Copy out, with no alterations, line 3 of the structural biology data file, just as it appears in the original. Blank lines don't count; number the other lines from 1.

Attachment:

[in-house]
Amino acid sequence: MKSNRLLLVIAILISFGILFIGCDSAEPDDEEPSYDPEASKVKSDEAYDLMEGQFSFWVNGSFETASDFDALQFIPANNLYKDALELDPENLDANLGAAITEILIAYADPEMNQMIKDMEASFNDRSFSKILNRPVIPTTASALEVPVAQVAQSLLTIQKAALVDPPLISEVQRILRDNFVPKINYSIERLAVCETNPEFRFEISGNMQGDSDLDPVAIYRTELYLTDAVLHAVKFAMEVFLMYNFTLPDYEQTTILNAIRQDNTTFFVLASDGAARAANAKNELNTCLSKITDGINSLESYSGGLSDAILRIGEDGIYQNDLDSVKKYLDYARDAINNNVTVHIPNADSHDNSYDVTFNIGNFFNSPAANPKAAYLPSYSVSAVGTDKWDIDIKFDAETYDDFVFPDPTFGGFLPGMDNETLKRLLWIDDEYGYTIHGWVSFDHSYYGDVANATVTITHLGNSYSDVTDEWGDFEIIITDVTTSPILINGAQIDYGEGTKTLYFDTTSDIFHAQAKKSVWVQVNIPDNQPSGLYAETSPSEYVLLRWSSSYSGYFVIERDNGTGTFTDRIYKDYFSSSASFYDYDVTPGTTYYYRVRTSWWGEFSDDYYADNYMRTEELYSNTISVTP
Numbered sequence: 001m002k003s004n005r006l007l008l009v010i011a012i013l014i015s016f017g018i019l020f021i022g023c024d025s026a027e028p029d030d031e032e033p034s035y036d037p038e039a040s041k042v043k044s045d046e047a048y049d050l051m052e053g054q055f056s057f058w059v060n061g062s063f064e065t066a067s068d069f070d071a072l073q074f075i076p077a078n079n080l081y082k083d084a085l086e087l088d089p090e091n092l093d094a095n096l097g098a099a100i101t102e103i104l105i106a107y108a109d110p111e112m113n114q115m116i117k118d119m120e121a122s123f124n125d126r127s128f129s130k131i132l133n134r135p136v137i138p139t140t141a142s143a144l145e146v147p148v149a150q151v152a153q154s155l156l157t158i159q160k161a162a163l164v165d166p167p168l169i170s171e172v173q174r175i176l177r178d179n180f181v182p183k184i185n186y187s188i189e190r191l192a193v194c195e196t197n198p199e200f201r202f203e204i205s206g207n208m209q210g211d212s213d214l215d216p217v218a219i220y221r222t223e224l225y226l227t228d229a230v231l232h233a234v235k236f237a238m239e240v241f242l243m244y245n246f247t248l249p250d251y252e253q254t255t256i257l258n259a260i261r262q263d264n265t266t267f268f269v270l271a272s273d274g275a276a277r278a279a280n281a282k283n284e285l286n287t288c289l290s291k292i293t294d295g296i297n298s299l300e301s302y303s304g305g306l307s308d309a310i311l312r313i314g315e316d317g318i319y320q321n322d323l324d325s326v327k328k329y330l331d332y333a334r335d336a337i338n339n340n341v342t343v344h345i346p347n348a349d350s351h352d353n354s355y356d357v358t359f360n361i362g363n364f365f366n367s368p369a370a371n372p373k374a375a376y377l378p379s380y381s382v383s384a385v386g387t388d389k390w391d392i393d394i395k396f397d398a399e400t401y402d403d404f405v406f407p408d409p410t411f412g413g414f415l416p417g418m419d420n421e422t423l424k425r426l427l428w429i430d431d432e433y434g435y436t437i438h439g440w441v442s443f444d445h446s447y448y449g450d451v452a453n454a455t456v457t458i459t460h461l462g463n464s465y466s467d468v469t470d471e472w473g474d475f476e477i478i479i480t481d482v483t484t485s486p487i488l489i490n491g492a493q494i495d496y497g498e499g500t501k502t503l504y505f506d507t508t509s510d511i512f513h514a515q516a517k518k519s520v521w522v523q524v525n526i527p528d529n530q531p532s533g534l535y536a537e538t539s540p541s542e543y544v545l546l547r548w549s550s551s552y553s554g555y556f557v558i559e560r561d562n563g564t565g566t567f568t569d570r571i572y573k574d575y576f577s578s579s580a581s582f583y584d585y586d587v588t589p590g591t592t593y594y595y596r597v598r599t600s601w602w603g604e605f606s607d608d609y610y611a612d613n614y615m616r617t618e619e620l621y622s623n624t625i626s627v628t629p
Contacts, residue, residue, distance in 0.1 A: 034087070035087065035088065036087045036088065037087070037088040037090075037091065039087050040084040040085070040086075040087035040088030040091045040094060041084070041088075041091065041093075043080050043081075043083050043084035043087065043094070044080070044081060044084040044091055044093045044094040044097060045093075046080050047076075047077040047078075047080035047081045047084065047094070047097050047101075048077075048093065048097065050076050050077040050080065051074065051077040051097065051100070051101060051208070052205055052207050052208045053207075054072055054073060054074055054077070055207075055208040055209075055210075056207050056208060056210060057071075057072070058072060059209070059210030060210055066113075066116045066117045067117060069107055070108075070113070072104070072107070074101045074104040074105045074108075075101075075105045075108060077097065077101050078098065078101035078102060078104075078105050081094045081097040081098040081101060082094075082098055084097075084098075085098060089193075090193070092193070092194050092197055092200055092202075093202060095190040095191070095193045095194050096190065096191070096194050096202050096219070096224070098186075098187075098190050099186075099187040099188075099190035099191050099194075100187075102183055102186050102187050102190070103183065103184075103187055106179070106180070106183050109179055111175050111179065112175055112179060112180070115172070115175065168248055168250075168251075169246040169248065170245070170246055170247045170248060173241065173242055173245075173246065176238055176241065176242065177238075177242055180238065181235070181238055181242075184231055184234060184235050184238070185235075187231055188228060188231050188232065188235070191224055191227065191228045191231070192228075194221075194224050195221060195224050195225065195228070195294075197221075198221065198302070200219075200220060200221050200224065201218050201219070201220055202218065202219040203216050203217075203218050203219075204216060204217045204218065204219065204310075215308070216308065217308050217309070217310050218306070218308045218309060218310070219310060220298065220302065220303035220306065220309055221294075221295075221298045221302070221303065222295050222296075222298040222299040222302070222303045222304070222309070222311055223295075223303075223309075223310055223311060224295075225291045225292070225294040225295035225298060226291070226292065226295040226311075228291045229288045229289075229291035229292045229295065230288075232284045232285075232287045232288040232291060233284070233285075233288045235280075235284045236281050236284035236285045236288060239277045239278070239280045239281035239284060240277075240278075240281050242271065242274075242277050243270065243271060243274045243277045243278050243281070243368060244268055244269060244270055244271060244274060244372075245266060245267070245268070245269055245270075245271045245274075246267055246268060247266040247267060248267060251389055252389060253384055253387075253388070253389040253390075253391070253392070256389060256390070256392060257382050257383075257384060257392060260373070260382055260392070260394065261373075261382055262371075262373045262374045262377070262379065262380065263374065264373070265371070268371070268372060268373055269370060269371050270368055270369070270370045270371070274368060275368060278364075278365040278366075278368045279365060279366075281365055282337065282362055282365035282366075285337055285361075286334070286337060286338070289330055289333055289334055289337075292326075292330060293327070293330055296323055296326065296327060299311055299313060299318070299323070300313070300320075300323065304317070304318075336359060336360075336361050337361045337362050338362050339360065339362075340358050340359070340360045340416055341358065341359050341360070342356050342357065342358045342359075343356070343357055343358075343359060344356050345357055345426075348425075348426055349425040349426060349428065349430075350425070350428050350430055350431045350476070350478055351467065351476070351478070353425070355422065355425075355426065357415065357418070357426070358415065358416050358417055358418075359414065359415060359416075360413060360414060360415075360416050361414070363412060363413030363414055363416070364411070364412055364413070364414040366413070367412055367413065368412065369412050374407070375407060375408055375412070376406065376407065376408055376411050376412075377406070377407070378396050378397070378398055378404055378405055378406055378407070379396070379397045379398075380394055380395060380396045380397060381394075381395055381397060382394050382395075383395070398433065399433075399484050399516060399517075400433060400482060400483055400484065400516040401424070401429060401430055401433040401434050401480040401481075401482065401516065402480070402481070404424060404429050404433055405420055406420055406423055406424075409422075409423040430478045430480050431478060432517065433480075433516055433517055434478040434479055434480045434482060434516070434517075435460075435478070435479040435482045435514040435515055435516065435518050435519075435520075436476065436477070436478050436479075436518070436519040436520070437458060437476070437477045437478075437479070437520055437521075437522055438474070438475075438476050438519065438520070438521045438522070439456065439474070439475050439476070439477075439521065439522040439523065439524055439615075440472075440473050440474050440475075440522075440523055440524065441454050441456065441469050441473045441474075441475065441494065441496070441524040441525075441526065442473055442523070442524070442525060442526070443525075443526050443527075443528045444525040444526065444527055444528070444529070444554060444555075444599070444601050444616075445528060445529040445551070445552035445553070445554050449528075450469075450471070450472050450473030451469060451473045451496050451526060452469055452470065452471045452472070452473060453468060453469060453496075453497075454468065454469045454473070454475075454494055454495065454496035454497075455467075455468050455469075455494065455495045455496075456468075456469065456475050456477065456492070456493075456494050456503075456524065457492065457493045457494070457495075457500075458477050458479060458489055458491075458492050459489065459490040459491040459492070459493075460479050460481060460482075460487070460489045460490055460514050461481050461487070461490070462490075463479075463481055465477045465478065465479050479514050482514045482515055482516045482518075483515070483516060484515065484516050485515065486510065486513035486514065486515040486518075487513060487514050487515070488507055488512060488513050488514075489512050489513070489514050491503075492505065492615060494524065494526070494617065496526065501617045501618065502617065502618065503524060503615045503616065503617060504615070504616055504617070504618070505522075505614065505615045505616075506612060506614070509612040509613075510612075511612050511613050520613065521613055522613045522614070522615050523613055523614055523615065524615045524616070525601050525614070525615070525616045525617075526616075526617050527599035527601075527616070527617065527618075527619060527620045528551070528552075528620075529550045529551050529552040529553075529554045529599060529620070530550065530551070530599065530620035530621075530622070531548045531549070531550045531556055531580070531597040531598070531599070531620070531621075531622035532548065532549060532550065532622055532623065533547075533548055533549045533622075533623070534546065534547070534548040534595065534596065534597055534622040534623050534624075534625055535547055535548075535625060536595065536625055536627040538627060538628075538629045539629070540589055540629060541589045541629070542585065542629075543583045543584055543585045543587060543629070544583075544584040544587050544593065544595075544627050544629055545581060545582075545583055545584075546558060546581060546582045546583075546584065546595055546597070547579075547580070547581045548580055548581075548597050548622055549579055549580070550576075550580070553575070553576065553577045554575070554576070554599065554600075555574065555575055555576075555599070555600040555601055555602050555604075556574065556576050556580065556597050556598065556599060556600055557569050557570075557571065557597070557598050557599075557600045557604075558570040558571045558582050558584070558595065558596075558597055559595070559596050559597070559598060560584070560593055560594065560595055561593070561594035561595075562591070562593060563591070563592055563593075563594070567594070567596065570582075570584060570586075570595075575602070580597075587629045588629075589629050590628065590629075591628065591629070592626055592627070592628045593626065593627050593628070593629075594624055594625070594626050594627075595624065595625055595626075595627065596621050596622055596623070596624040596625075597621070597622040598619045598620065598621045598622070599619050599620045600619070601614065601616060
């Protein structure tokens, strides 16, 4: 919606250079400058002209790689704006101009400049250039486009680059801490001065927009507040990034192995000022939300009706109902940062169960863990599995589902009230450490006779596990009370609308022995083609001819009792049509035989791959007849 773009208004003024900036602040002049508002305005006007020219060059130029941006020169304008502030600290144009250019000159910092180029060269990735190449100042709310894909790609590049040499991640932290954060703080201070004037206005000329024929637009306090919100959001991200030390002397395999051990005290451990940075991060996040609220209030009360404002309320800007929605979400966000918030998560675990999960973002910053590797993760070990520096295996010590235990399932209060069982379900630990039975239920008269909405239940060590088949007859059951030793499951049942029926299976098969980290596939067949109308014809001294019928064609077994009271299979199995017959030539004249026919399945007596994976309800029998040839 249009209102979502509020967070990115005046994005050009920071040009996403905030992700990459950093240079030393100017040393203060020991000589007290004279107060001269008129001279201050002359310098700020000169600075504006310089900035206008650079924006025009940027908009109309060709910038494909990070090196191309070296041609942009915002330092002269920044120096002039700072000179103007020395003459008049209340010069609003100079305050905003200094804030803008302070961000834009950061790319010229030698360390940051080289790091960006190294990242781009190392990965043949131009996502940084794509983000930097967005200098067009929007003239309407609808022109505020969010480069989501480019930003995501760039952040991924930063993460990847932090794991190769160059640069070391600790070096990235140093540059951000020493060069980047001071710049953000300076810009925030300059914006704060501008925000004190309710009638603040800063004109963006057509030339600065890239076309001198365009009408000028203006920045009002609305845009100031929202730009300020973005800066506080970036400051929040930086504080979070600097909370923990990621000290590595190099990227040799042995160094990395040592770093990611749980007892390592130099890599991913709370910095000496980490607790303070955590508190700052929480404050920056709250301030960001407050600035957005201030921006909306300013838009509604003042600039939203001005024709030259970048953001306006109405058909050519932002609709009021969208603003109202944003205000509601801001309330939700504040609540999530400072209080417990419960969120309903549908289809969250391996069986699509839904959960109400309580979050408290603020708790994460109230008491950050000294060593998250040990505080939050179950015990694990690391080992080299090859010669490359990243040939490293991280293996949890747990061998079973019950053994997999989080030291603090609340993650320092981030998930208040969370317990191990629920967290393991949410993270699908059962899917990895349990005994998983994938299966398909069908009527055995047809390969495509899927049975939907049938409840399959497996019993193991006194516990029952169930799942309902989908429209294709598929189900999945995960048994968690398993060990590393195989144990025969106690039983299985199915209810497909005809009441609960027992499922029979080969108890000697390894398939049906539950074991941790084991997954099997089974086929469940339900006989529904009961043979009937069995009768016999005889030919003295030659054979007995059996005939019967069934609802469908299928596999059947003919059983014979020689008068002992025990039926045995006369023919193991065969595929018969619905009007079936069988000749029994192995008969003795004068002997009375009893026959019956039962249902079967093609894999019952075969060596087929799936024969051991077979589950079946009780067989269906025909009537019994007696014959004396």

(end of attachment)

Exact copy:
Numbered sequence: 001m002k003s004n005r006l007l008l009v010i011a012i013l014i015s016f017g018i019l020f021i022g023c024d025s026a027e028p029d030d031e032e033p034s035y036d037p038e039a040s041k042v043k044s045d046e047a048y049d050l051m052e053g054q055f056s057f058w059v060n061g062s063f064e065t066a067s068d069f070d071a072l073q074f075i076p077a078n079n080l081y082k083d084a085l086e087l088d089p090e091n092l093d094a095n096l097g098a099a100i101t102e103i104l105i106a107y108a109d110p111e112m113n114q115m116i117k118d119m120e121a122s123f124n125d126r127s128f129s130k131i132l133n134r135p136v137i138p139t140t141a142s143a144l145e146v147p148v149a150q151v152a153q154s155l156l157t158i159q160k161a162a163l164v165d166p167p168l169i170s171e172v173q174r175i176l177r178d179n180f181v182p183k184i185n186y187s188i189e190r191l192a193v194c195e196t197n198p199e200f201r202f203e204i205s206g207n208m209q210g211d212s213d214l215d216p217v218a219i220y221r222t223e224l225y226l227t228d229a230v231l232h233a234v235k236f237a238m239e240v241f242l243m244y245n246f247t248l249p250d251y252e253q254t255t256i257l258n259a260i261r262q263d264n265t266t267f268f269v270l271a272s273d274g275a276a277r278a279a280n281a282k283n284e285l286n287t288c289l290s291k292i293t294d295g296i297n298s299l300e301s302y303s304g305g306l307s308d309a310i311l312r313i314g315e316d317g318i319y320q321n322d323l324d325s326v327k328k329y330l331d332y333a334r335d336a337i338n339n340n341v342t343v344h345i346p347n348a349d350s351h352d353n354s355y356d357v358t359f360n361i362g363n364f365f366n367s368p369a370a371n372p373k374a375a376y377l378p379s380y381s382v383s384a385v386g387t388d389k390w391d392i393d394i395k396f397d398a399e400t401y402d403d404f405v406f407p408d409p410t411f412g413g414f415l416p417g418m419d420n421e422t423l424k425r426l427l428w429i430d431d432e433y434g435y436t437i438h439g440w441v442s443f444d445h446s447y448y449g450d451v452a453n454a455t456v457t458i459t460h461l462g463n464s465y466s467d468v469t470d471e472w473g474d475f476e477i478i479i480t481d482v483t484t485s486p487i488l489i490n491g492a493q494i495d496y497g498e499g500t501k502t503l504y505f506d507t508t509s510d511i512f513h514a515q516a517k518k519s520v521w522v523q524v525n526i527p528d529n530q531p532s533g534l535y536a537e538t539s540p541s542e543y544v545l546l547r548w549s550s551s552y553s554g555y556f557v558i559e560r561d562n563g564t565g566t567f568t569d570r571i572y573k574d575y576f577s578s579s580a581s582f583y584d585y586d587v588t589p590g591t592t593y594y595y596r597v598r599t600s601w602w603g604e605f606s607d608d609y610y611a612d613n614y615m616r617t618e619e620l621y622s623n624t625i626s627v628t629p